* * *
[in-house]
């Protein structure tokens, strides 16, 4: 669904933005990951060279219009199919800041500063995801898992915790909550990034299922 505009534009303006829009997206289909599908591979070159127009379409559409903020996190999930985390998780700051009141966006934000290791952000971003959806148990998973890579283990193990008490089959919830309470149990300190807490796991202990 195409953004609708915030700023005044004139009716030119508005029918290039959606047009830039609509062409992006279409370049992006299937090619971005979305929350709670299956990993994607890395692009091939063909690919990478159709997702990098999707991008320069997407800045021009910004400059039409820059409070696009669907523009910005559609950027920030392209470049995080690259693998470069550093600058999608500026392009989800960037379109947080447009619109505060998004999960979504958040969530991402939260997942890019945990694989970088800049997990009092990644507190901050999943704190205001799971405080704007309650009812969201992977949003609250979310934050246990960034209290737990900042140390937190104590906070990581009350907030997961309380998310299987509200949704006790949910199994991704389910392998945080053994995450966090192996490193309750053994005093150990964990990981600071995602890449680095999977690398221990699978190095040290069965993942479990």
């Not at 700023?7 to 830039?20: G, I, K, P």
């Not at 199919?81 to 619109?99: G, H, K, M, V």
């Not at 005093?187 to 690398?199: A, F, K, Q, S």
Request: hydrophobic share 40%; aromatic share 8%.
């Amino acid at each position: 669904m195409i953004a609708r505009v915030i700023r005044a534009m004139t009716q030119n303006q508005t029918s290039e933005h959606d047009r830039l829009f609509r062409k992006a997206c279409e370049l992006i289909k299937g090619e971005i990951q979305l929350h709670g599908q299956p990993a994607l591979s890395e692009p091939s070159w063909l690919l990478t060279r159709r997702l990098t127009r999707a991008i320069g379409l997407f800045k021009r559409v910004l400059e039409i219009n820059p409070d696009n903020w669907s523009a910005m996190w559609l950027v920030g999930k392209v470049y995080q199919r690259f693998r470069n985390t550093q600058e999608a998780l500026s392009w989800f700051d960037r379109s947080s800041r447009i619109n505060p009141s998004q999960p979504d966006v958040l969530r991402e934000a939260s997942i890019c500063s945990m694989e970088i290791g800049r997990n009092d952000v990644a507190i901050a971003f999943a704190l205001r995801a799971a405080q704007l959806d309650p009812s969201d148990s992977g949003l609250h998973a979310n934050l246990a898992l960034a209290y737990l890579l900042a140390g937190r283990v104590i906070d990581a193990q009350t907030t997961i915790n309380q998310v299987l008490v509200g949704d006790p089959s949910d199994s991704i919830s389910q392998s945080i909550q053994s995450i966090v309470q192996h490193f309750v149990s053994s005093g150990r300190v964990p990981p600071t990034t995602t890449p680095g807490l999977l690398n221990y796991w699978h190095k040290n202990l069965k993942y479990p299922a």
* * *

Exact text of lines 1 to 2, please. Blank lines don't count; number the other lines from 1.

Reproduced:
[in-house]
């Protein structure tokens, strides 16, 4: 669904933005990951060279219009199919800041500063995801898992915790909550990034299922 505009534009303006829009997206289909599908591979070159127009379409559409903020996190999930985390998780700051009141966006934000290791952000971003959806148990998973890579283990193990008490089959919830309470149990300190807490796991202990 195409953004609708915030700023005044004139009716030119508005029918290039959606047009830039609509062409992006279409370049992006299937090619971005979305929350709670299956990993994607890395692009091939063909690919990478159709997702990098999707991008320069997407800045021009910004400059039409820059409070696009669907523009910005559609950027920030392209470049995080690259693998470069550093600058999608500026392009989800960037379109947080447009619109505060998004999960979504958040969530991402939260997942890019945990694989970088800049997990009092990644507190901050999943704190205001799971405080704007309650009812969201992977949003609250979310934050246990960034209290737990900042140390937190104590906070990581009350907030997961309380998310299987509200949704006790949910199994991704389910392998945080053994995450966090192996490193309750053994005093150990964990990981600071995602890449680095999977690398221990699978190095040290069965993942479990």